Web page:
Accelerated Bliss: Flying the Cessna 400 Series Was a True Pleasure

By Pia Bergqvist

In my 24-plus years of flying, I have been fortunate to take the controls of many different types of airplanes. Like adopted children, the two airplanes I have owned—Peppermint Patty, the Cessna 170, and Manny, the Mooney—occupy the softest part of my pilot heart. But the airplane that brought me the most enjoyable personal flying experience was one that, like some favorite children, bears many names. It started out as the Columbia 400, became the Cessna 400 when I first flew it, and was later renamed Corvalis TT and TTx.

I was one of four Cessna 350/400 product specialists (the 350 being the non-turbocharged version) spread around the country when the company took over and started marketing the aircraft type in 2008. Emily Waters covered the West Coast, Doug Walker the Northeast, and Kel Jones the Southeast—all three were previous Columbia pilots. I was new to the airplane, and my territory spanned from New Mexico to Tennessee and South Dakota to Texas. It might appear to be a large area for a single-engine piston four-seater. But covering the region in this sports car with wings was no trouble at all.

I will never forget traveling to Bend, Oregon, where the factory was located at the time, to pick up my first demo airplane. The terrific team of employees there gave me first-class treatment, as if I was a customer. There was a sign bearing my name standing in front of a factory-new Cessna 400—a black, silver, and white beauty—N86DE. The production quality was stellar, with flawless composite production, paint finishing, and interior and avionics installation. It was easy to proudly represent the airplane for the Wichita, Kansas-based company.

In no other airplane have I been able to sit as comfortably, with my left hand on the sidestick and the right hand on the keypad that manipulated most functions on the G1000 MFD—the flight deck installed in the 400 before the TTx moved up to the G2000. I had many long days in that seat, without even a hint of discomfort. While the Cessna 350/400 was equipped with the terrific GFC 700 autopilot, I hand-flew the airplane on most legs. It was simply a really fun airplane to fly, with enough maneuverability to satisfy one of the best aerobatic airshow performers of all time—Sean D. Tucker (yes, there are YouTube videos to prove it). In fact, the airplane earned well its certification in the utility category.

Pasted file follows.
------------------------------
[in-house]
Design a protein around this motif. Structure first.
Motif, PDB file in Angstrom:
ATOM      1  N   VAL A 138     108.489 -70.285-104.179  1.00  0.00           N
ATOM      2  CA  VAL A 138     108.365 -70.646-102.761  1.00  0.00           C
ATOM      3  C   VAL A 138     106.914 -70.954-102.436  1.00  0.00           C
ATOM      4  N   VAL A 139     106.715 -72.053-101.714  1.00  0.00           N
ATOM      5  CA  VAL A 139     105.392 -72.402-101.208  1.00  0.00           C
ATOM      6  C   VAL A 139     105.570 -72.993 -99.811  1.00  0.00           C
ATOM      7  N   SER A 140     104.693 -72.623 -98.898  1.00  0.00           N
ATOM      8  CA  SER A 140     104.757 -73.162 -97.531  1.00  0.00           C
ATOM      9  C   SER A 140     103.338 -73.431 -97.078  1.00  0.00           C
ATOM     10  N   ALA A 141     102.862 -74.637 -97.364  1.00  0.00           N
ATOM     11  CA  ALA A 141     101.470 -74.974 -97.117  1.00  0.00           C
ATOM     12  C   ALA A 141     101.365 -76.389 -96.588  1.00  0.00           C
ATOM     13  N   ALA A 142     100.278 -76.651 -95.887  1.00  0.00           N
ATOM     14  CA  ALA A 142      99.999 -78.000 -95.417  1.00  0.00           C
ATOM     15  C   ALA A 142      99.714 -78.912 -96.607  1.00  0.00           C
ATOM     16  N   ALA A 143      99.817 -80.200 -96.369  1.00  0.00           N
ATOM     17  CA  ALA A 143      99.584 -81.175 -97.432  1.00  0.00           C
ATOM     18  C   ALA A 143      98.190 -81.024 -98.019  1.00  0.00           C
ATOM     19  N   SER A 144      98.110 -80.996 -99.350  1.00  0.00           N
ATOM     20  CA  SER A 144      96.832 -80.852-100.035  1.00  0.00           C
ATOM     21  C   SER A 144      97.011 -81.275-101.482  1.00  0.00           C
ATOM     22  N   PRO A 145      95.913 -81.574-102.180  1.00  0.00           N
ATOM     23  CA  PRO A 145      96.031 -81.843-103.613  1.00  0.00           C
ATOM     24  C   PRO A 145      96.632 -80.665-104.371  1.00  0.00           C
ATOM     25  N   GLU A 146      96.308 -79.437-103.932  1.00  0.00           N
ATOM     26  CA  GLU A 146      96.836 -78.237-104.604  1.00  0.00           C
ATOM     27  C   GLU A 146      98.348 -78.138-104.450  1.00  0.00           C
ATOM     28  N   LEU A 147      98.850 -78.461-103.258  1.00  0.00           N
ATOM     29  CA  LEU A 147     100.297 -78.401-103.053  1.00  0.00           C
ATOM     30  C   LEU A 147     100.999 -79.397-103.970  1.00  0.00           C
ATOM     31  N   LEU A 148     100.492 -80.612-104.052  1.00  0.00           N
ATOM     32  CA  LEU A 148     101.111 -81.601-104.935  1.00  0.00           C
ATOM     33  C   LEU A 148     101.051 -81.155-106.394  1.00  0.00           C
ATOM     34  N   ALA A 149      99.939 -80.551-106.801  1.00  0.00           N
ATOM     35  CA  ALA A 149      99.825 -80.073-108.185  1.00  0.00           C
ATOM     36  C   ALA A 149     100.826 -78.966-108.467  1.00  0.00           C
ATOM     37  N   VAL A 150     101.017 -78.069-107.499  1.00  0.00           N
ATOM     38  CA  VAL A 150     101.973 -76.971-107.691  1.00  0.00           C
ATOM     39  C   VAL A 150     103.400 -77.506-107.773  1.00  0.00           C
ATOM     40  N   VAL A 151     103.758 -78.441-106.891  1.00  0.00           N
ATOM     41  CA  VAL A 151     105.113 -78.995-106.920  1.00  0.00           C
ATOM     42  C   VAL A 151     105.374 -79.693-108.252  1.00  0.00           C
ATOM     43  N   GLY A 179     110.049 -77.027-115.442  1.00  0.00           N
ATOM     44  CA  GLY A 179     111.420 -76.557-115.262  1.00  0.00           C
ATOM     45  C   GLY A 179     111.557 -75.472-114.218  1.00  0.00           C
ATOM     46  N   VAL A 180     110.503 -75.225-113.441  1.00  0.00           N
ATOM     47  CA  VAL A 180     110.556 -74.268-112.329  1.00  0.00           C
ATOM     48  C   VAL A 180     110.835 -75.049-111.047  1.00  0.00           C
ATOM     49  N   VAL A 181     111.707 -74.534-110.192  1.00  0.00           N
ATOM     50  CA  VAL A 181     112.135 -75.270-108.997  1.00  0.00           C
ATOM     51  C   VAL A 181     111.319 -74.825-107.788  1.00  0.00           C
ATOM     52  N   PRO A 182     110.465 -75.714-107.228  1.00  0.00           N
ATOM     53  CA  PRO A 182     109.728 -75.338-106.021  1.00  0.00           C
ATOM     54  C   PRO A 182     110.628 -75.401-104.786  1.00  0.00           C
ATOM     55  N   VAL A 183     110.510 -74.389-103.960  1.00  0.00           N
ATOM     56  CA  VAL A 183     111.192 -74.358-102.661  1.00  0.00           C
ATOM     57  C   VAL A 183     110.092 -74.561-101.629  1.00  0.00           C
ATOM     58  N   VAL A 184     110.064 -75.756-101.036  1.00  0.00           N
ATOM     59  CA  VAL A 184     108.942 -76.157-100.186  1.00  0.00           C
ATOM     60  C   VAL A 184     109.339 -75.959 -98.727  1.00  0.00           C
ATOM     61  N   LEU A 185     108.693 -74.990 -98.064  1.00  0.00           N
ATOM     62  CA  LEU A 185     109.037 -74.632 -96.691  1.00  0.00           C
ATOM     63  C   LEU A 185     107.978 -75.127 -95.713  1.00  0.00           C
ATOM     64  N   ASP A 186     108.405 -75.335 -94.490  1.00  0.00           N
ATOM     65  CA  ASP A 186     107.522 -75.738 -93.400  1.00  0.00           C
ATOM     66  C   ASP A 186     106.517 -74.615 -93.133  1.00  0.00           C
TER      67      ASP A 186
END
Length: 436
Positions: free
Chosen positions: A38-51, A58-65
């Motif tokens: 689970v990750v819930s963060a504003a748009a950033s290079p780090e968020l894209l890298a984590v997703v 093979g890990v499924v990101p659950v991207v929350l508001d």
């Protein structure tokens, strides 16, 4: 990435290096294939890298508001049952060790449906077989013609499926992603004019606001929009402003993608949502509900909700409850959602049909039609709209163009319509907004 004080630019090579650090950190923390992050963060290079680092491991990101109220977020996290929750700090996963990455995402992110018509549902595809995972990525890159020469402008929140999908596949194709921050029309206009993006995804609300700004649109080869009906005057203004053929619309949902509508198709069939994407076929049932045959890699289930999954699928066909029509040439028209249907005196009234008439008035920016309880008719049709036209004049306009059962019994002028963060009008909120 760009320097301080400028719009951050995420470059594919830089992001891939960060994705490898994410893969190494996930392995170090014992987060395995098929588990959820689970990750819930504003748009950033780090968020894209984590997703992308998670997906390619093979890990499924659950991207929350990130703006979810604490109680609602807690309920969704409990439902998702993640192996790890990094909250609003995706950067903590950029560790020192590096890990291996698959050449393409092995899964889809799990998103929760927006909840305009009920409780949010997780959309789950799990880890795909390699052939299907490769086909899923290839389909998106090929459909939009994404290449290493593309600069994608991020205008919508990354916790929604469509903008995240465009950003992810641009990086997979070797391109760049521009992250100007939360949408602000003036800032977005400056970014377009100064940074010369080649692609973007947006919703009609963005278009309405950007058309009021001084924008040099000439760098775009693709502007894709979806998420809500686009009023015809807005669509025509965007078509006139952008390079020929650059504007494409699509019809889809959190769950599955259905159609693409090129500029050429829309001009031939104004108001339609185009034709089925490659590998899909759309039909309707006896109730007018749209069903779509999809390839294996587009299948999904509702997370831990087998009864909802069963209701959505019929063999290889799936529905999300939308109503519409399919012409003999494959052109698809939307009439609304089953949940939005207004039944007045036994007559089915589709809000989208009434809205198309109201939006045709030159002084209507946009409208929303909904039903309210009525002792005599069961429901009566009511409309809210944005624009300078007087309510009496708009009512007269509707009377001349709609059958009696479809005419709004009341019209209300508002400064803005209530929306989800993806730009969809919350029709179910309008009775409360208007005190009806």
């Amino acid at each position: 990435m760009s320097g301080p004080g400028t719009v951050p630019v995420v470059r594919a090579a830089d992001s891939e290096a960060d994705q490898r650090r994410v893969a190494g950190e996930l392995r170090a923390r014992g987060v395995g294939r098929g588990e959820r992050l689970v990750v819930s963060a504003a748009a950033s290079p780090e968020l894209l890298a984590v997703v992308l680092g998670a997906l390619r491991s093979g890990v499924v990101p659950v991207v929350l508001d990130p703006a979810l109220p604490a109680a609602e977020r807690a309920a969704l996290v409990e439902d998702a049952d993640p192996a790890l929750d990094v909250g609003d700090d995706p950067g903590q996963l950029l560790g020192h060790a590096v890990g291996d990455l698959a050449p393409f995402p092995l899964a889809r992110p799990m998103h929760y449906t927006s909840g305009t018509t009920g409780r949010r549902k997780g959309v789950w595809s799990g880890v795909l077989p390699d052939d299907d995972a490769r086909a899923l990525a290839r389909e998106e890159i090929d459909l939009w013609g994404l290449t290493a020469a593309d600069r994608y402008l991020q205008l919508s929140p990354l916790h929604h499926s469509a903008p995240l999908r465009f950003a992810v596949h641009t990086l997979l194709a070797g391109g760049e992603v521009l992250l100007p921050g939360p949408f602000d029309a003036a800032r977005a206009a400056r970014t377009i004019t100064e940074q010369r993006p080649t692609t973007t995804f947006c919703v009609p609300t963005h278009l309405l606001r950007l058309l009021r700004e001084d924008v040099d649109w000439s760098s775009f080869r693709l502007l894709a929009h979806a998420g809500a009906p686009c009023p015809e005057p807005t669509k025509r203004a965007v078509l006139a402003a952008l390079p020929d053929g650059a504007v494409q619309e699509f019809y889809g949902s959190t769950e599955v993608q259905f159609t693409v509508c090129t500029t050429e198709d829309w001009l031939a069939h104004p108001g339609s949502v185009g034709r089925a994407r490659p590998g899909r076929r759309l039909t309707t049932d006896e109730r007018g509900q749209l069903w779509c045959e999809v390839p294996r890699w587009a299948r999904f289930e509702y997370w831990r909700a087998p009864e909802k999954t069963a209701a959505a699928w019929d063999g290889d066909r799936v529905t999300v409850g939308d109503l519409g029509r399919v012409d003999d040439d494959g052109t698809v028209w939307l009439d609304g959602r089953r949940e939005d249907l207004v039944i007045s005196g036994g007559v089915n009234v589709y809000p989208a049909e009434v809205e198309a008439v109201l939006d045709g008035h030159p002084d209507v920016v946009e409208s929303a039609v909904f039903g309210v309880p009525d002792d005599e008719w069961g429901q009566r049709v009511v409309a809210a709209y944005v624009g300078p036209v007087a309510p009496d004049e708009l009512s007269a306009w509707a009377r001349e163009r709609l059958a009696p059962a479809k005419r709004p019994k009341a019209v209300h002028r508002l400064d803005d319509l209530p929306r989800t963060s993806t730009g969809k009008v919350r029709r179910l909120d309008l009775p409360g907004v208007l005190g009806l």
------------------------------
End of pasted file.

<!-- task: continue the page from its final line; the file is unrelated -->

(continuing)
And the Cessna 400 got me where I needed to go quickly. I could count on around 200 ktas at 10,000 feet, but if I wanted to go faster, I simply hooked on to the built-in oxygen system and climbed higher. On one flight from Independence, Kansas, to Memphis, Tennessee, I reached 306 knots ground speed. Walker was kind enough to send me a patch, inaugurating me into the 300-knot club of Columbia pilots.

In the nearly 600 hours I was fortunate enough to fly the Cessna 400 and 350, I flew from coast to coast to dealers and airshows, and I took countless friends and strangers for rides. Many fond memories were forged in that airplane, and I hope, one day, I will return to that blissful seat.

[Photo: Mike Fizer/FLYING Archives]

Controls/Instruments at a Glance

A. The TTx featured the first—and perhaps only— Garmin G2000 integrated flight deck in a piston single. It works quite well, but the upgrade path is uncertain at this point.

B. The first of the GTC touchscreen controllers—a single one—came with the introduction of the Corvalis model.

C. The Continental TSIO-550 up front requires management of the twin turbos, but a robust engine information system display aids with keeping everything in the green.

D. The beautiful, wood sidestick flight control in the Columbia 400 transitioned to a leather-wrapped model, but it still falls comfortably to hand and maneuvers with ease throughout the significant flight envelope.

E. The GFC 700 takes FMS input for smooth climbs and descents tracking a flight plan.

2013 Cessna TTx Specs

Price New, Avg. Equipment: $810,000

Price, 2023: $450,000 to $700,000

Engine: Continental TSIO-550-C (310 hp) TBO: 2,000 hours

Propeller: McCauley, three-blade, constant speed

Seats: 4

Wingspan: 36 ft.

Wing Area: 141.2 sq. ft.

Wing Loading: 25.5 lbs./sq. ft.

Length: 25 ft., 2 in.

Height: 9 ft.

Baggage Weight: 120 lbs.

Standard Empty Weight: 2,520 lbs.

Max Takeoff Weight: 3,600 lbs.

Max Landing Weight: 3,420 lbs.

Max Useful Load: 1,070 lbs.

Fuel: 106 gal./102 gal. usable

Max Rate of Climb: 1,400 fpm

Service Ceiling: 25,000 ft.

Stall Speed (landing config.): 60 kias

Max Cruise Speed: 235 ktas

Max Range: 1,250 nm

Normal Range: 502 nm with 3 passengers (Conklin & deDecker/JSSI)

Takeoff Distance, Sea Level (over a 50 ft. obs.): 1,900 ft.

Landing Distance, Sea Level (over a 50 ft. obs.): 2,700 ft.

This column first appeared in the November 2023/Issue 943 of FLYING’s print edition.